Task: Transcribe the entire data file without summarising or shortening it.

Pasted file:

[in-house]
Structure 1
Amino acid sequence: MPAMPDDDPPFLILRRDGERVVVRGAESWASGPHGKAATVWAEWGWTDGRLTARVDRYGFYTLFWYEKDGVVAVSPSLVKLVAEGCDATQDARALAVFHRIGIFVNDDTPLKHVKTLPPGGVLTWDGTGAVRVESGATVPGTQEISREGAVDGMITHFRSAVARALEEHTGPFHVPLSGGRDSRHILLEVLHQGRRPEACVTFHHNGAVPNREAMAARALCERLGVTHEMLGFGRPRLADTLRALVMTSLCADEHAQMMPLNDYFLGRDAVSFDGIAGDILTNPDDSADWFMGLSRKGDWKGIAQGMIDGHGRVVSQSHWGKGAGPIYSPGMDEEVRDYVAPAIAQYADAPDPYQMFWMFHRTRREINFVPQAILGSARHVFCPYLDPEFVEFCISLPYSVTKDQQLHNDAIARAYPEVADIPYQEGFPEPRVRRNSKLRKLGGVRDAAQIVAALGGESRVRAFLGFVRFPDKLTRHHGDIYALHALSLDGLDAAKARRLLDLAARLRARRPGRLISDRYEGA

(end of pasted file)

[in-house]
Structure 1
Amino acid sequence: MPAMPDDDPPFLILRRDGERVVVRGAESWASGPHGKAATVWAEWGWTDGRLTARVDRYGFYTLFWYEKDGVVAVSPSLVKLVAEGCDATQDARALAVFHRIGIFVNDDTPLKHVKTLPPGGVLTWDGTGAVRVESGATVPGTQEISREGAVDGMITHFRSAVARALEEHTGPFHVPLSGGRDSRHILLEVLHQGRRPEACVTFHHNGAVPNREAMAARALCERLGVTHEMLGFGRPRLADTLRALVMTSLCADEHAQMMPLNDYFLGRDAVSFDGIAGDILTNPDDSADWFMGLSRKGDWKGIAQGMIDGHGRVVSQSHWGKGAGPIYSPGMDEEVRDYVAPAIAQYADAPDPYQMFWMFHRTRREINFVPQAILGSARHVFCPYLDPEFVEFCISLPYSVTKDQQLHNDAIARAYPEVADIPYQEGFPEPRVRRNSKLRKLGGVRDAAQIVAALGGESRVRAFLGFVRFPDKLTRHHGDIYALHALSLDGLDAAKARRLLDLAARLRARRPGRLISDRYEGA